Charles Loring Elliott, Portrait of Matthew Vassar, 1861

In the News

Golden age of American murals is explored in the exhibition Celebrating Heroes: American Mural Studies of the 1930s and 1940s from the Steven and Susan Hirsch Collection, September 2-December 18, 2016

A new exhibition at Vassar College’s Frances Lehman Loeb Art Center focuses on a golden age for murals in the United States, when the everyday worker rose to hero status in these works. Celebrating Heroes: American Mural Studies of the 1930s and 1940s from the Steven and Susan Hirsch Collection will be on view September 2-December 18, 2016.

The exhibition features forty-seven paintings and drawings. Artists represented include several from Woodstock, New York, including Anton Refregier, Judson Smith, Edward Chávez, Andrée Ruellan, John Ruggles, Arnold Blanch, Richard Crist, Juanita Guccione, Georgina Klitgaard, and Jenne Magafan. Other artists included are Peppino Mangravite, Philo B. Ruggles, Stuyvesant Van Veen, and Poughkeepsie native Thomas Barrett. Celebrating Heroes honors Susan and Steven Hirsch, class of 1971, patrons of the museum since the early 1990s, and donors of forty-five mural sketches to the Art Center. All of these are on view in this exhibition as well as two mural sketches in the permanent collection from other sources. (The full checklist can be found here.)

“The Depression and World War II eras were a time in the arts—painting, printmaking, drawing, film, photography, dance, music, literature, and theater—when ideas lifting up the average citizen to a starring role blossomed,” explains Patricia Phagan, the Philip and Lynn Straus Curator of Prints and Drawings at the Art Center.

Indeed, thousands of realistic miners, settlers, Native Americans, steel workers, and farmers inhabit murals painted during the Great Depression in government buildings and schools across the nation. Evidence of a period when America revitalized its pledge to democracy, these wall paintings were accessible to everyone who could enter a post office or a public school or a government building in Washington, D.C.

Unlike murals of the past with their allegories and neoclassical ideals, these works carved out a new ideal for American mural painting inspired in part by the socially conscious panels of the Mexican muralists and the regional murals of Thomas Hart Benton and Boardman Robinson. For the most part they pictured ordinary scenes, either historical or contemporary, and pushed artists’ sketches of everyday episodes to monumental size. Consequently, the everyday became heroic during a harsh period when so many of America’s everyday peoples struggled.

Phagan points out the mural projects were part of an effort to help struggling artists, too. “These projects stemmed from a government-led push to put artists to work just like other citizens,” she says. In what Woodstock painter Judson Smith called a “renaissance,” artists for the first time in America were equated as workers worthy of keeping their skills alive. The Federal Art Project of the Works Progress Administration hired mostly unemployed artists, while the Section of Painting and Sculpture (later the Section of Fine Arts) hired artists who were considered the most qualified for a particular job. “Artists felt as never before a kinship with the everyday worker, and they felt for the first time that they were a part of the social fabric of society,” Phagan explains.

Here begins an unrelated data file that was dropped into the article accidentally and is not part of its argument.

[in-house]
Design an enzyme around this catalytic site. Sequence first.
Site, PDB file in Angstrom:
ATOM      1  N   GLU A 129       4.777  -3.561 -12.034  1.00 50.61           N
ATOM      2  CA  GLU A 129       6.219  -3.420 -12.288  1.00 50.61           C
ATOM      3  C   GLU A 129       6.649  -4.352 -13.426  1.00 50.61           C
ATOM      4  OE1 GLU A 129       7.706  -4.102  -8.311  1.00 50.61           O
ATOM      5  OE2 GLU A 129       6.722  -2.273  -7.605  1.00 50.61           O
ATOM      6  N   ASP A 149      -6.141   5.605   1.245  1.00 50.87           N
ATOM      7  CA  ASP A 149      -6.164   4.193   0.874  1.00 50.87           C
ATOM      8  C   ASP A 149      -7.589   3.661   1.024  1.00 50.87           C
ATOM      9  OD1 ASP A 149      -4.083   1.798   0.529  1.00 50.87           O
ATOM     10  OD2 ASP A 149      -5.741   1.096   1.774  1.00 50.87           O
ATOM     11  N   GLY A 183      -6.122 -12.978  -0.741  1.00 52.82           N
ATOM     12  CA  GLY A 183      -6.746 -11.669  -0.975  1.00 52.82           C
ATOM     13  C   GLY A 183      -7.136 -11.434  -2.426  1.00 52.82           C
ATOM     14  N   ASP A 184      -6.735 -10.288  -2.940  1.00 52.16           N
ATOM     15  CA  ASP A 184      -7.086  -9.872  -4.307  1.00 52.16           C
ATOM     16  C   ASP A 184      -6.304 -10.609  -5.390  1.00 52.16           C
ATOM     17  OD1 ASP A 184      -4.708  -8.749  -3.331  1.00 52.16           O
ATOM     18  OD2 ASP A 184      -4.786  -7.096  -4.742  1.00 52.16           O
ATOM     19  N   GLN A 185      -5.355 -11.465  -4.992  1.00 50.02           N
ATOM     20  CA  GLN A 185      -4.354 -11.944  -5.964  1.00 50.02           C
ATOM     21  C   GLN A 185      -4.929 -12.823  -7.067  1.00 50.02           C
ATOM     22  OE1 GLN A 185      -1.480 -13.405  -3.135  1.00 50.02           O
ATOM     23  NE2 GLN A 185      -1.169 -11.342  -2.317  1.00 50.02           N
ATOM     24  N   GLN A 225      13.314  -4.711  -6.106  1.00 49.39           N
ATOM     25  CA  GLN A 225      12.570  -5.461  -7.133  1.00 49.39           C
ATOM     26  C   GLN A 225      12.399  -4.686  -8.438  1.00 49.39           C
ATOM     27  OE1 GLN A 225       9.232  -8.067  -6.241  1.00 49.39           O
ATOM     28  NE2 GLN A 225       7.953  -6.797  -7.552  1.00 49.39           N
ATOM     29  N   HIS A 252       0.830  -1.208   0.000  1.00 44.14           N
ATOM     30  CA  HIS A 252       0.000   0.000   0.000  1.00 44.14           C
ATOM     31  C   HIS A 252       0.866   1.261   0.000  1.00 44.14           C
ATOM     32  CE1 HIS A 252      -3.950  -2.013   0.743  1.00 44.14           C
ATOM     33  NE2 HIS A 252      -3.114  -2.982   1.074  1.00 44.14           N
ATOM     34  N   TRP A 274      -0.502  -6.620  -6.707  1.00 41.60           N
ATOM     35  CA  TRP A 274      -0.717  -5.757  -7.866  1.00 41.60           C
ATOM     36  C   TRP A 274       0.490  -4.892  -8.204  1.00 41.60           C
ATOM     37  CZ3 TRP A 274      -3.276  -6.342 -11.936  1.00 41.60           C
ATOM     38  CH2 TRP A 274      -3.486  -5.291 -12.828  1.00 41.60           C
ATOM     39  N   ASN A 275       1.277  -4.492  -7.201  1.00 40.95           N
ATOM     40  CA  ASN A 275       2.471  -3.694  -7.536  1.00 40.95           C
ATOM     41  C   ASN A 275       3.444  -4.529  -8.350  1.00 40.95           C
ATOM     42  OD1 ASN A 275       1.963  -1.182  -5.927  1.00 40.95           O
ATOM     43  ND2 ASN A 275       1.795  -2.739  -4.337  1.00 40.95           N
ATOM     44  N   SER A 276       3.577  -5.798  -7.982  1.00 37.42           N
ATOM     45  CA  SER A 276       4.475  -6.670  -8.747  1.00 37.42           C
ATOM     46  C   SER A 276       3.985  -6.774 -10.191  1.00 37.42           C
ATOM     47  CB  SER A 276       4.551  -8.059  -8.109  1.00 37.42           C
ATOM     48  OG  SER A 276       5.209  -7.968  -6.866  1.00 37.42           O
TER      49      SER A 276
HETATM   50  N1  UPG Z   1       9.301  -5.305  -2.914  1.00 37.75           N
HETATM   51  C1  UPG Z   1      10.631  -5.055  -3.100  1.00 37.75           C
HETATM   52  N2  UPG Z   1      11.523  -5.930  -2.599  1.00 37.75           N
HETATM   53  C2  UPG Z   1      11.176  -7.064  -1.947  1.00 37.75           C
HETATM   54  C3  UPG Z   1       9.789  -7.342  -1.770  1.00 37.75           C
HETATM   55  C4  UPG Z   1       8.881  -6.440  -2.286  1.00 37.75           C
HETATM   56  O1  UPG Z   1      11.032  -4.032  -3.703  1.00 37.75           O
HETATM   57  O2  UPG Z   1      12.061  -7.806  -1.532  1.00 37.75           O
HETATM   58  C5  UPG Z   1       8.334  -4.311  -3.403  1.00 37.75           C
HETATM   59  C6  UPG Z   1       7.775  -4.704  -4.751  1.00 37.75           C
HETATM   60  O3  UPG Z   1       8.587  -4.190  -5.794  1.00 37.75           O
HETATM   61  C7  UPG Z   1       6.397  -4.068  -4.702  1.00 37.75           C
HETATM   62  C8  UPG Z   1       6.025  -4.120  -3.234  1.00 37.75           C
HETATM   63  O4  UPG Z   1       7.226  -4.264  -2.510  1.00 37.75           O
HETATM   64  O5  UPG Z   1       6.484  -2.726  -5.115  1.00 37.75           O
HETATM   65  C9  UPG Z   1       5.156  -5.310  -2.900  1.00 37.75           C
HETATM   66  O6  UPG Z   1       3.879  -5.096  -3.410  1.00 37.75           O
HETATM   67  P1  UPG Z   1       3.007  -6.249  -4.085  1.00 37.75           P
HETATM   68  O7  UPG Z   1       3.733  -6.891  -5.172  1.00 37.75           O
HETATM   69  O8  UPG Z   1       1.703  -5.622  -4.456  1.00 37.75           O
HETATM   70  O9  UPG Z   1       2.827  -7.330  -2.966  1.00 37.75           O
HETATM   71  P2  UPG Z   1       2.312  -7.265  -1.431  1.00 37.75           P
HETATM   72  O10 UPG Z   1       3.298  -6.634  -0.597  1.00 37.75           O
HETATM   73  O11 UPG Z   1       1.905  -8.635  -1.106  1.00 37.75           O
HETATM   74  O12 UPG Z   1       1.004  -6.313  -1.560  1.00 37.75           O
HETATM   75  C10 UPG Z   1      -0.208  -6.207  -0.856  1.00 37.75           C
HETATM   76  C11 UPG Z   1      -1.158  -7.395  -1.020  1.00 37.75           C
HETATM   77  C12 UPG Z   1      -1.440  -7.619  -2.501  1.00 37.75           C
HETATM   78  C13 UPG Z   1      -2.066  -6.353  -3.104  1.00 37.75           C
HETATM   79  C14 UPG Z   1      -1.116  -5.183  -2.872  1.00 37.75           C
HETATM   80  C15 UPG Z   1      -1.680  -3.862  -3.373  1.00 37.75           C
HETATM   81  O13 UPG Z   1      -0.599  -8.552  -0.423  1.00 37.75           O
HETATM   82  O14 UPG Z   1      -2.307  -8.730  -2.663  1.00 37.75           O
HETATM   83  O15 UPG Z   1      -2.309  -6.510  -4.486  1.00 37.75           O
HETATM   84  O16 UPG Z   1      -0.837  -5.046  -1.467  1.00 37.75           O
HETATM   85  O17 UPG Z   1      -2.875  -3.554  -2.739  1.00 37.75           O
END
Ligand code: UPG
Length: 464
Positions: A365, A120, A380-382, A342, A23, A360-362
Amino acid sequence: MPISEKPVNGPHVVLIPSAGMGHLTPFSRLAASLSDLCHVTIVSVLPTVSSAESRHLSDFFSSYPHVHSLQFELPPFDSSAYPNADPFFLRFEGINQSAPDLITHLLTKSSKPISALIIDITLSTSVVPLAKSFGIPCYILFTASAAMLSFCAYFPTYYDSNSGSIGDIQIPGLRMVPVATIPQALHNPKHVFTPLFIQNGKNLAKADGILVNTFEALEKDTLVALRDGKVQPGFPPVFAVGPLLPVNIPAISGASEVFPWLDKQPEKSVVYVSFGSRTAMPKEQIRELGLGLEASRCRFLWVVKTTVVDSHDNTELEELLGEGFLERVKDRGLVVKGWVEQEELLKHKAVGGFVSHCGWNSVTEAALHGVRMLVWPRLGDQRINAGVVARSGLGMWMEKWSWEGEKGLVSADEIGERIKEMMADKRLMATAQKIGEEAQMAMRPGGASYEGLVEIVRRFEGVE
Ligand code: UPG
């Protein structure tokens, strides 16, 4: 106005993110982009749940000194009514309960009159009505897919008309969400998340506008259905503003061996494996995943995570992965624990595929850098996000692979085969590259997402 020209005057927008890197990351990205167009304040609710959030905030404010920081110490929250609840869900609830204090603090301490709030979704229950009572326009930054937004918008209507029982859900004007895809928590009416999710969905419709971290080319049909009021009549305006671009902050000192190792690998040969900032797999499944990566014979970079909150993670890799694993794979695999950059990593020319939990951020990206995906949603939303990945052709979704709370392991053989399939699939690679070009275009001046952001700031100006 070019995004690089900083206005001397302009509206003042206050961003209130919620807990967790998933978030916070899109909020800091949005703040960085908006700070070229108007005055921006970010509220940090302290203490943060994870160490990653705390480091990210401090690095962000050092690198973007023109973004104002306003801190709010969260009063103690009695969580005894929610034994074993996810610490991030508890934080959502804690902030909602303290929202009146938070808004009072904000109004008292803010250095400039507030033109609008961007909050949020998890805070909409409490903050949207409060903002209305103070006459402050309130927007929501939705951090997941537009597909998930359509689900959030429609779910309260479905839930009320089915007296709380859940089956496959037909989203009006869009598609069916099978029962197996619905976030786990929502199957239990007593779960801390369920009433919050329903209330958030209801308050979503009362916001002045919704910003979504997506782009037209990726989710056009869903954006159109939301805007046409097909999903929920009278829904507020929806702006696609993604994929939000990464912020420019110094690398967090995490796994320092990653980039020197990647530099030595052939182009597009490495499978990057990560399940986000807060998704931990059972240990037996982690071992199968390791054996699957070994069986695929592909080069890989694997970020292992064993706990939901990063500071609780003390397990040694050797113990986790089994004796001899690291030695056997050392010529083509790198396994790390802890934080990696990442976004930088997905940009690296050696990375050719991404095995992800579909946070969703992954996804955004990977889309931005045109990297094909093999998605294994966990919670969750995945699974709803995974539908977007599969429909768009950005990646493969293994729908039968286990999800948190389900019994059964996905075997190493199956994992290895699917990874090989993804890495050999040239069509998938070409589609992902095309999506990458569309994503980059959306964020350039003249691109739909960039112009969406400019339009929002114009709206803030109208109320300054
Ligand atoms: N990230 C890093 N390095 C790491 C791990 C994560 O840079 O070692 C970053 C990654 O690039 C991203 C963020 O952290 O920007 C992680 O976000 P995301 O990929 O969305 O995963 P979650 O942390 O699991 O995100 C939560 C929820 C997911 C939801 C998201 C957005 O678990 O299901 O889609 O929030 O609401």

While some of the New Deal murals have been uninstalled, many more are still in their original locations or have been moved to other government buildings where they can be viewed. “The story of their making lies in the sketches made by artists vying in regional or national competitions or given commissions directly,” Phagan notes. There are also those sketches that failed to win mural contests, and in this exhibition there are examples of those, including mural sketches made for the Poughkeepsie Post Office.

Studying these sketches affords an opportunity to see the themes that emerged in mural making from the Great Depression until after World War II. This is revealed most brilliantly in a grouping of mural sketches by Russian-born, Woodstock artist Anton Refregier for the Rincon Annex of the San Francisco Post Office. “Refregier’s mural studies on the history of the city of San Francisco open the exhibition and encapsulate several of the heroic subjects in the mural sketches by other artists,” Phagan says. “His themes on Native Americans, settlers, the history of the city, farming, industry, and opposition to forces undermining a free society are all topics in the other works on view, and those themes guide the exhibition.”

Celebrating Heroes is organized by the Frances Lehman Loeb Art Center and supported by the Evelyn Metzger Exhibition Fund.

EXHIBITION EVENTS

Opening Lecture and Reception
Friday, September 9, 2016
5:30pm
Taylor Hall, room 102

Gerald E. Markowitz, Distinguished Professor of History at the Graduate Center of the City University of New York and John Jay College of Criminal Justice. Dr. Markowitz holds a Ph.D. from the University of Wisconsin and has written several books on American social history and public health. He is co-author of Democratic Vistas: Post Offices and Public Art in the New Deal and the exhibition catalogue New Deal for Art: The Government Art Projects of the 1930s with Examples from New York City and State. A reception will follow in the Art Center Atrium.

Curator's Gallery Talk
"Celebrating Heroes: American Mural Studies of the 1930s and 1940s"
Thursday, September 22, 2016
4:00pm
Frances Lehman Loeb Art Center


Curator Patricia Phagan provides an overview of the Celebrating Heroes exhibition as a whole and explores several key works in detail.

Poughkeepsie Post Office Murals Tour for Frances Lehman Loeb Art Center Members
Saturday, October 1, 2016
10:00 a.m.
Reservations required